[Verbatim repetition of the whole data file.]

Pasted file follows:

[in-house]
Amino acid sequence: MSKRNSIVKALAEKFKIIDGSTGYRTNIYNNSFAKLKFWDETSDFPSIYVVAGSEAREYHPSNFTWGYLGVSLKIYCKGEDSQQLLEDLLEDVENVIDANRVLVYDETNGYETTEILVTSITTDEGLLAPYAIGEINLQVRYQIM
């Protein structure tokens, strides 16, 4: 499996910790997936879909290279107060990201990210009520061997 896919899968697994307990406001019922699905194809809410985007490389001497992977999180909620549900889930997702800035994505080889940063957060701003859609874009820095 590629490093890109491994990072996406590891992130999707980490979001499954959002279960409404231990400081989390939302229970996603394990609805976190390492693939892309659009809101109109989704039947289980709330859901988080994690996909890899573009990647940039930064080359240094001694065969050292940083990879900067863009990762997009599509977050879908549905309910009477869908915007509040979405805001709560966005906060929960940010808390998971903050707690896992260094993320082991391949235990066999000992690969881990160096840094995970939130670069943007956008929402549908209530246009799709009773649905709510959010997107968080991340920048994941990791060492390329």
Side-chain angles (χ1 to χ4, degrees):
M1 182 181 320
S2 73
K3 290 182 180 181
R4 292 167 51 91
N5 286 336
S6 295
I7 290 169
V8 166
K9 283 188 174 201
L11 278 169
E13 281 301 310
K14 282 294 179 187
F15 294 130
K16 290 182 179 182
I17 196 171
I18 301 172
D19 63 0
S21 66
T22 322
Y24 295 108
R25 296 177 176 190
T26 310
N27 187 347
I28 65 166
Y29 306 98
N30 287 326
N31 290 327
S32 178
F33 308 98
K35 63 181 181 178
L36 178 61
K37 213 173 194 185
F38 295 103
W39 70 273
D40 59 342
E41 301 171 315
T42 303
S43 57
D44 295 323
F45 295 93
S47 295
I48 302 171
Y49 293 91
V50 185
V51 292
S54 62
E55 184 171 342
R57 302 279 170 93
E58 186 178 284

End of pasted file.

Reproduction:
[in-house]
Amino acid sequence: MSKRNSIVKALAEKFKIIDGSTGYRTNIYNNSFAKLKFWDETSDFPSIYVVAGSEAREYHPSNFTWGYLGVSLKIYCKGEDSQQLLEDLLEDVENVIDANRVLVYDETNGYETTEILVTSITTDEGLLAPYAIGEINLQVRYQIM
């Protein structure tokens, strides 16, 4: 499996910790997936879909290279107060990201990210009520061997 896919899968697994307990406001019922699905194809809410985007490389001497992977999180909620549900889930997702800035994505080889940063957060701003859609874009820095 590629490093890109491994990072996406590891992130999707980490979001499954959002279960409404231990400081989390939302229970996603394990609805976190390492693939892309659009809101109109989704039947289980709330859901988080994690996909890899573009990647940039930064080359240094001694065969050292940083990879900067863009990762997009599509977050879908549905309910009477869908915007509040979405805001709560966005906060929960940010808390998971903050707690896992260094993320082991391949235990066999000992690969881990160096840094995970939130670069943007956008929402549908209530246009799709009773649905709510959010997107968080991340920048994941990791060492390329």
Side-chain angles (χ1 to χ4, degrees):
M1 182 181 320
S2 73
K3 290 182 180 181
R4 292 167 51 91
N5 286 336
S6 295
I7 290 169
V8 166
K9 283 188 174 201
L11 278 169
E13 281 301 310
K14 282 294 179 187
F15 294 130
K16 290 182 179 182
I17 196 171
I18 301 172
D19 63 0
S21 66
T22 322
Y24 295 108
R25 296 177 176 190
T26 310
N27 187 347
I28 65 166
Y29 306 98
N30 287 326
N31 290 327
S32 178
F33 308 98
K35 63 181 181 178
L36 178 61
K37 213 173 194 185
F38 295 103
W39 70 273
D40 59 342
E41 301 171 315
T42 303
S43 57
D44 295 323
F45 295 93
S47 295
I48 302 171
Y49 293 91
V50 185
V51 292
S54 62
E55 184 171 342
R57 302 279 170 93
E58 186 178 284